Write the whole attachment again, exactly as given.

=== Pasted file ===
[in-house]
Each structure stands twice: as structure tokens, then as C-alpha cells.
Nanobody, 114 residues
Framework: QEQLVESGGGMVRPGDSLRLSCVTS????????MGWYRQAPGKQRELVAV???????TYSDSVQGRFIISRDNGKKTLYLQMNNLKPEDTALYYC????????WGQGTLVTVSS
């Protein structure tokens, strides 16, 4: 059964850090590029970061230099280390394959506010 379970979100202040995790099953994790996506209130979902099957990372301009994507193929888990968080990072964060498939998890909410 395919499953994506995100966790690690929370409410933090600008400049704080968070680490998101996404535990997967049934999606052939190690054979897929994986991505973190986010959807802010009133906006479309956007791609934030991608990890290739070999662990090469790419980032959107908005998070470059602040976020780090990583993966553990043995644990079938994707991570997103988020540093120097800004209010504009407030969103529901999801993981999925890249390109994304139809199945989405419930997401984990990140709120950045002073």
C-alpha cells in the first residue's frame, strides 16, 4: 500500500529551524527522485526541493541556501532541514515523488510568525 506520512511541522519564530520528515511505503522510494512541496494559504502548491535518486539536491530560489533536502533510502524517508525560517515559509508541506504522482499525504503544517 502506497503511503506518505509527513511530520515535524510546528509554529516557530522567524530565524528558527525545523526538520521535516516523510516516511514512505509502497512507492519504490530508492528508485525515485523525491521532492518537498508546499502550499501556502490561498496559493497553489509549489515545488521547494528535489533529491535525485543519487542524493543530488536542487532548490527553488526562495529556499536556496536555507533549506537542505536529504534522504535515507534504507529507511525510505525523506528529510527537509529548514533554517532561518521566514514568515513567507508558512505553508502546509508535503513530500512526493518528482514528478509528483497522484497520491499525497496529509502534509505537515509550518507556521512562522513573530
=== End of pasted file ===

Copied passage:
[in-house]
Each structure stands twice: as structure tokens, then as C-alpha cells.
Nanobody, 114 residues
Framework: QEQLVESGGGMVRPGDSLRLSCVTS????????MGWYRQAPGKQRELVAV???????TYSDSVQGRFIISRDNGKKTLYLQMNNLKPEDTALYYC????????WGQGTLVTVSS
């Protein structure tokens, strides 16, 4: 059964850090590029970061230099280390394959506010 379970979100202040995790099953994790996506209130979902099957990372301009994507193929888990968080990072964060498939998890909410 395919499953994506995100966790690690929370409410933090600008400049704080968070680490998101996404535990997967049934999606052939190690054979897929994986991505973190986010959807802010009133906006479309956007791609934030991608990890290739070999662990090469790419980032959107908005998070470059602040976020780090990583993966553990043995644990079938994707991570997103988020540093120097800004209010504009407030969103529901999801993981999925890249390109994304139809199945989405419930997401984990990140709120950045002073």
C-alpha cells in the first residue's frame, strides 16, 4: 500500500529551524527522485526541493541556501532541514515523488510568525 506520512511541522519564530520528515511505503522510494512541496494559504502548491535518486539536491530560489533536502533510502524517508525560517515559509508541506504522482499525504503544517 502506497503511503506518505509527513511530520515535524510546528509554529516557530522567524530565524528558527525545523526538520521535516516523510516516511514512505509502497512507492519504490530508492528508485525515485523525491521532492518537498508546499502550499501556502490561498496559493497553489509549489515545488521547494528535489533529491535525485543519487542524493543530488536542487532548490527553488526562495529556499536556496536555507533549506537542505536529504534522504535515507534504507529507511525510505525523506528529510527537509529548514533554517532561518521566514514568515513567507508558512505553508502546509508535503513530500512526493518528482514528478509528483497522484497520491499525497496529509502534509505537515509550518507556521512562522513573530